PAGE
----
Report Reveals Further Benefits of Mobile Technology for Transport and Logistics Companies

New findings from Intermec study reveal 39 percent may be missing out on cost savings by not undergoing process re-engineering or mobile technology implementation

Everett, Wash.July 16, 2013—A recent survey conducted by Intermec revealed that transport and logistics companies could save approximately $459,000 per annum as a result of process re-engineering and the implementation of mobile technology across workflows. Yet, a significant proportion of companies may be missing out on these potential savings.

The survey reveals that more than one in three (39 percent) companies have not initiated re-engineering efforts in the past year. And of these companies, nearly three quarters (72 percent) have not evaluated their existing processes for at least two years.

With customers demanding same-day delivery services, transport and logistics managers identified operational efficiency as their number one area needing improvement this year; and 44 percent of companies believe reviewing current workflows and technologies (process re-engineering) is the most effective means of achieving that.

Key to improving operations is the deployment of mobile, location-based technology, an area where managers believe savings of more than $282,000 can be achieved in the next 12 months. However, almost a quarter (23 percent) of the companies surveyed have yet to deploy location-based technology, citing a number of barriers including lack of need and cost, which prevents them from capitalizing on these benefits.

“Deploying mobile technology for pick-ups and deliveries has long been seen as a way to improve efficiency and reduce costs and these findings prove that point emphatically. Ignoring process change simply isn’t a long term option,” said Jeff Sibio, Industry Director for Transport and Logistics, Intermec.

Managers see broadband mobile communications such as 4G and LTE as the single biggest future driver of ROI (60 percent) followed by integrated vehicle telematics (44 percent) and RFID (38 percent).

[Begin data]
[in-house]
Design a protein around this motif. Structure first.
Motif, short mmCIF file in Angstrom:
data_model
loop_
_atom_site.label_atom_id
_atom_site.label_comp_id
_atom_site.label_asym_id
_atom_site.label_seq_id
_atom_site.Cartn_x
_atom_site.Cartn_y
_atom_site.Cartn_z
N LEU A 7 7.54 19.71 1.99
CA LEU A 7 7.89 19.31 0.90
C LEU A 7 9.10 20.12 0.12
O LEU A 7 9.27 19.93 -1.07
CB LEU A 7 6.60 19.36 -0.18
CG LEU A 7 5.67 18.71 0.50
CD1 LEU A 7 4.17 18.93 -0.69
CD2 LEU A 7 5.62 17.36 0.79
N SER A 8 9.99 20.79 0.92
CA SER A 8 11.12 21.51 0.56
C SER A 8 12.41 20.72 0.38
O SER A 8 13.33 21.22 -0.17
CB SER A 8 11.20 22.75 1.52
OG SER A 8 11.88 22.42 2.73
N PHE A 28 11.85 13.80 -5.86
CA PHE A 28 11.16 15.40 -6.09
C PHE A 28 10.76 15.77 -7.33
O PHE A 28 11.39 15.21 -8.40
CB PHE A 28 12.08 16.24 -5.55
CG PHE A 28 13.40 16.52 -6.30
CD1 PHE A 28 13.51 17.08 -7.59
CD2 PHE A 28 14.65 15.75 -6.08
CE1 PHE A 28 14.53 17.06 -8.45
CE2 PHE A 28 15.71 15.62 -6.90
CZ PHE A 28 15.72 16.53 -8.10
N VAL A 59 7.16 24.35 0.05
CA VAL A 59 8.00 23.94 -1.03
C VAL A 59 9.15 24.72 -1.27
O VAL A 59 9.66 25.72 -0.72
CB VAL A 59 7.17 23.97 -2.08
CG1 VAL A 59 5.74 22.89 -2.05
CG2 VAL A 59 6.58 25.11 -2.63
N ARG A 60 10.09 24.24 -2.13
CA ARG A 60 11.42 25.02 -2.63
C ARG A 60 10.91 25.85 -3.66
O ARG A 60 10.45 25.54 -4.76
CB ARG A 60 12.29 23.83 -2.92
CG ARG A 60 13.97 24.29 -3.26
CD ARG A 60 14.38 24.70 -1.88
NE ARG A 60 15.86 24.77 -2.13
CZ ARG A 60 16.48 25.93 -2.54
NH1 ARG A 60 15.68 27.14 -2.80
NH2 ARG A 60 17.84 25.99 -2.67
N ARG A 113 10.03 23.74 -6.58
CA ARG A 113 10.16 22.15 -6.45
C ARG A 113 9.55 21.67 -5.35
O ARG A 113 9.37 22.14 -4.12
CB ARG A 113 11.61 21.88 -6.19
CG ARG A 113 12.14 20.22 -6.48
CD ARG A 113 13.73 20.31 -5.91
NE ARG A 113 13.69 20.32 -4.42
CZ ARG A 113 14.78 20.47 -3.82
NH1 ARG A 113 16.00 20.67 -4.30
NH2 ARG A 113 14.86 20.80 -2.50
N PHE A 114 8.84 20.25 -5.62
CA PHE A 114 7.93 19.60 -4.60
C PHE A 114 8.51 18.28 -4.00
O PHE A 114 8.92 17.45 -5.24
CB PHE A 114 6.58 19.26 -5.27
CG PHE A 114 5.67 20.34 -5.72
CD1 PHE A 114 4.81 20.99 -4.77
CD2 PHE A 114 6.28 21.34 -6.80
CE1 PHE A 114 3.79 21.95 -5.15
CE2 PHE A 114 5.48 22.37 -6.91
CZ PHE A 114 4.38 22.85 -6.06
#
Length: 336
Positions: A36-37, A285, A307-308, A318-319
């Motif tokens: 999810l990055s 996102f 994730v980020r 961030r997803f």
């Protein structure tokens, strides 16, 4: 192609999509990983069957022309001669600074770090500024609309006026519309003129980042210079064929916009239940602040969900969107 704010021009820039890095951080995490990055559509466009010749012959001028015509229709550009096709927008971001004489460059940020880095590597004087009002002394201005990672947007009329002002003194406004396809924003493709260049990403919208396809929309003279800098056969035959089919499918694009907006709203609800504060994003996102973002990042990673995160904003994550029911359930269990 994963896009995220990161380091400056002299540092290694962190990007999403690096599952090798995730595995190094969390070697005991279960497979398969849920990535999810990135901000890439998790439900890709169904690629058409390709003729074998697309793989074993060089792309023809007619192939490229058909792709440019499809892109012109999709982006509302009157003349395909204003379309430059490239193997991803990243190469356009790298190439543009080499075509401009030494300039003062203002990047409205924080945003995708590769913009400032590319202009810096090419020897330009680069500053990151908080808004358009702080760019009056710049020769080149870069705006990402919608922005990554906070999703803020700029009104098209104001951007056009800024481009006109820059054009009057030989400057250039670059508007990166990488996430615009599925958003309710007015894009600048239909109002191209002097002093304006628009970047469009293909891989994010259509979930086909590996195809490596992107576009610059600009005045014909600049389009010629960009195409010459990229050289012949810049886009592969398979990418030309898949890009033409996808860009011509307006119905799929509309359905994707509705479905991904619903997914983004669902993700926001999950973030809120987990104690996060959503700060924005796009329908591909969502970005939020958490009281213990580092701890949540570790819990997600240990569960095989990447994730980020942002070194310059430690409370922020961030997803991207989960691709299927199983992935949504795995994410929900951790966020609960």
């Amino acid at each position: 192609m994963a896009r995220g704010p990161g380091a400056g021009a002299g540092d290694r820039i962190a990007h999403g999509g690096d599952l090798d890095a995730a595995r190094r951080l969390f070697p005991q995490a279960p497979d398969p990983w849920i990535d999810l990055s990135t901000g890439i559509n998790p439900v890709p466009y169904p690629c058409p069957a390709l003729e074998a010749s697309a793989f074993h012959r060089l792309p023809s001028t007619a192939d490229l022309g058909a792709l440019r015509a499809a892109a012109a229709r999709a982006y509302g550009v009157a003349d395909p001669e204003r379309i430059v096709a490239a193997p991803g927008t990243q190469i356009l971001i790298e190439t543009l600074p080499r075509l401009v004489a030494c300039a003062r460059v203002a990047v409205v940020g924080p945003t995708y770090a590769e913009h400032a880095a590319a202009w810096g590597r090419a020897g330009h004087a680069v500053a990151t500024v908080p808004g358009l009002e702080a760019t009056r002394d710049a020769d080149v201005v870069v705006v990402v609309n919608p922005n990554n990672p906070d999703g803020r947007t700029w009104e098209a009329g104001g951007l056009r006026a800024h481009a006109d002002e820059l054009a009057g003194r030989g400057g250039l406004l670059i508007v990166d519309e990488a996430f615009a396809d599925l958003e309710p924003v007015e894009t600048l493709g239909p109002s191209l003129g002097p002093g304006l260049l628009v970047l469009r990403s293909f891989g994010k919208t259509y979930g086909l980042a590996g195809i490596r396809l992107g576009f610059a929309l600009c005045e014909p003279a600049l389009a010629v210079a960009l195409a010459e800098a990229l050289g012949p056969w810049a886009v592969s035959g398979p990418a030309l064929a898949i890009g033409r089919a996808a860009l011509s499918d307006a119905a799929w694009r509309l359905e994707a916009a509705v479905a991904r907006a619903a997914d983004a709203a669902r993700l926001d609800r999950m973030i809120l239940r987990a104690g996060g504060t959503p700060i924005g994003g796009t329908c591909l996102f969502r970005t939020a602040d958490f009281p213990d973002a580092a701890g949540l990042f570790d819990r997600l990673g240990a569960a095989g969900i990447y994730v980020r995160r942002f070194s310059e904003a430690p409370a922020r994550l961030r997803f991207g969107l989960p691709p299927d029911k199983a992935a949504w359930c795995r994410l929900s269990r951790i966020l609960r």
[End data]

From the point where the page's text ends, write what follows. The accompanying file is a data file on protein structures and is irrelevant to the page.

But those who have not deployed new technologies through process re-engineering remain significant. Of those who have not automated processes, nearly 40 percent cite a lack of business need and 33 percent attribute cost as the key reasons for not doing so.

Consequently, the survey finds that 60 percent of organizations still use paper-based systems to complete tasks associated with pick-up and delivery, and 9 percent have plans to deploy paper in some form in 2013.

When asked to rank the demands received from their customers, 77 percent of managers claim that accuracy of service is the biggest pressure point. Nearly a quarter (24 percent) of companies add that improved accessibility of data in back office systems is the area most in need of improvement, followed by an increased amount of detail (23 percent) and greater accuracy (22 percent).

“We can see from this research that deploying technology is not just a cost-saving initiative, it’s increasingly essential to maintain new higher levels of service to keep customers happy,” said Sibio. “One additional validation we are receiving is that the end customer is different and many transportation organizations are scrambling to meet the evolving needs of these new decision makers. Many factors need to be considered, but through a thorough process review, companies can quickly find the solution that will elevate their operations to the next level.”

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